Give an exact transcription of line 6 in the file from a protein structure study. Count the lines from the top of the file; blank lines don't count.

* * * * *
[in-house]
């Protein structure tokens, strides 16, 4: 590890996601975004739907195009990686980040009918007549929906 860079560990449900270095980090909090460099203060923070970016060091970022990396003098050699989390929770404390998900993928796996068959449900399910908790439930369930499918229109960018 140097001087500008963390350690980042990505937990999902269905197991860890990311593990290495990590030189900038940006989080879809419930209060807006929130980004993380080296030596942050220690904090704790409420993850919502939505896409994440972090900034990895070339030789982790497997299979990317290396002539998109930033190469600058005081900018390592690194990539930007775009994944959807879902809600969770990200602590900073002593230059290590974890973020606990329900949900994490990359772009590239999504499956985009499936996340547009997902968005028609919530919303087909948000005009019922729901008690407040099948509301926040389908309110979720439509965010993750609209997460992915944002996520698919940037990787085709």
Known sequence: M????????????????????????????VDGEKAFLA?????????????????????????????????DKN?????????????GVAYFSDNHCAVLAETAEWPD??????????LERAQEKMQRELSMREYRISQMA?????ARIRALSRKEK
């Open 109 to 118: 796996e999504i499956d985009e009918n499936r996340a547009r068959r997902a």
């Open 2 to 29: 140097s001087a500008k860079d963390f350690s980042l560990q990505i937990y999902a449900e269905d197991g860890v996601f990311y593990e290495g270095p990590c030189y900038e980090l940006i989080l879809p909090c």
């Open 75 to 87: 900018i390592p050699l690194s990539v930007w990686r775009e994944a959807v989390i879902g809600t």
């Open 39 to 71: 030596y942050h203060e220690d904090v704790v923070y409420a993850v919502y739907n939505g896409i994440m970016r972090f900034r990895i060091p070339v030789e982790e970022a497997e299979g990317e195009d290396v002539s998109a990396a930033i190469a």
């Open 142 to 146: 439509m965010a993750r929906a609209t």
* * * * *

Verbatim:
């Open 75 to 87: 900018i390592p050699l690194s990539v930007w990686r775009e994944a959807v989390i879902g809600t």